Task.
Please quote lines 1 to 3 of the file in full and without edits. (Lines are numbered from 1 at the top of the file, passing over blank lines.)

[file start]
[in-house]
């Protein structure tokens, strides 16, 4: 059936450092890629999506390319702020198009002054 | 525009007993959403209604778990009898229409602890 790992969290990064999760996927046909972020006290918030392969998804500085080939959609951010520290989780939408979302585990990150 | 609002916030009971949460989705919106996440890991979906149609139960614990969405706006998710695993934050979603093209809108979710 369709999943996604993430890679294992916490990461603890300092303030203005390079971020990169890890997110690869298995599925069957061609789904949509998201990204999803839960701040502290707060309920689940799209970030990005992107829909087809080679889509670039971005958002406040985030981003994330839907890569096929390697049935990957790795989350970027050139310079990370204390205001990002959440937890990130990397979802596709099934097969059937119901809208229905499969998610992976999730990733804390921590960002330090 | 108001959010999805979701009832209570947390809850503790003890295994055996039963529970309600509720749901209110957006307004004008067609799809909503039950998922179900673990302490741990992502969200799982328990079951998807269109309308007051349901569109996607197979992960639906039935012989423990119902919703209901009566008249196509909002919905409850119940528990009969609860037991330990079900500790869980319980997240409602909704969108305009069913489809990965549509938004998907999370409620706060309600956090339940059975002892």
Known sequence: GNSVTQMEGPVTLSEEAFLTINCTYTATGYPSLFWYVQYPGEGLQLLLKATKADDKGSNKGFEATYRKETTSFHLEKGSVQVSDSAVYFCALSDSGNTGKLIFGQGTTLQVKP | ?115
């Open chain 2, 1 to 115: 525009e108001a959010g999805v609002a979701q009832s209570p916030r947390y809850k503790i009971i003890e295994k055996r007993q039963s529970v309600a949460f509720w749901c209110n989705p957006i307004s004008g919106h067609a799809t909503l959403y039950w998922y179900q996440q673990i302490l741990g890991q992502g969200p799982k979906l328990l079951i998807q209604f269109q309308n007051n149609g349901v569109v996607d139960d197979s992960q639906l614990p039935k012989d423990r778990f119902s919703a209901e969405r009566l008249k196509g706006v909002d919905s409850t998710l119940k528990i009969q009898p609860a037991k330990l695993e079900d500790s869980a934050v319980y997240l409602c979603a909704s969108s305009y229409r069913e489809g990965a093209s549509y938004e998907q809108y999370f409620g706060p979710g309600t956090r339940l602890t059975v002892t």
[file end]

[in-house]
């Protein structure tokens, strides 16, 4: 059936450092890629999506390319702020198009002054 | 525009007993959403209604778990009898229409602890 790992969290990064999760996927046909972020006290918030392969998804500085080939959609951010520290989780939408979302585990990150 | 609002916030009971949460989705919106996440890991979906149609139960614990969405706006998710695993934050979603093209809108979710 369709999943996604993430890679294992916490990461603890300092303030203005390079971020990169890890997110690869298995599925069957061609789904949509998201990204999803839960701040502290707060309920689940799209970030990005992107829909087809080679889509670039971005958002406040985030981003994330839907890569096929390697049935990957790795989350970027050139310079990370204390205001990002959440937890990130990397979802596709099934097969059937119901809208229905499969998610992976999730990733804390921590960002330090 | 108001959010999805979701009832209570947390809850503790003890295994055996039963529970309600509720749901209110957006307004004008067609799809909503039950998922179900673990302490741990992502969200799982328990079951998807269109309308007051349901569109996607197979992960639906039935012989423990119902919703209901009566008249196509909002919905409850119940528990009969609860037991330990079900500790869980319980997240409602909704969108305009069913489809990965549509938004998907999370409620706060309600956090339940059975002892």
Known sequence: GNSVTQMEGPVTLSEEAFLTINCTYTATGYPSLFWYVQYPGEGLQLLLKATKADDKGSNKGFEATYRKETTSFHLEKGSVQVSDSAVYFCALSDSGNTGKLIFGQGTTLQVKP | ?115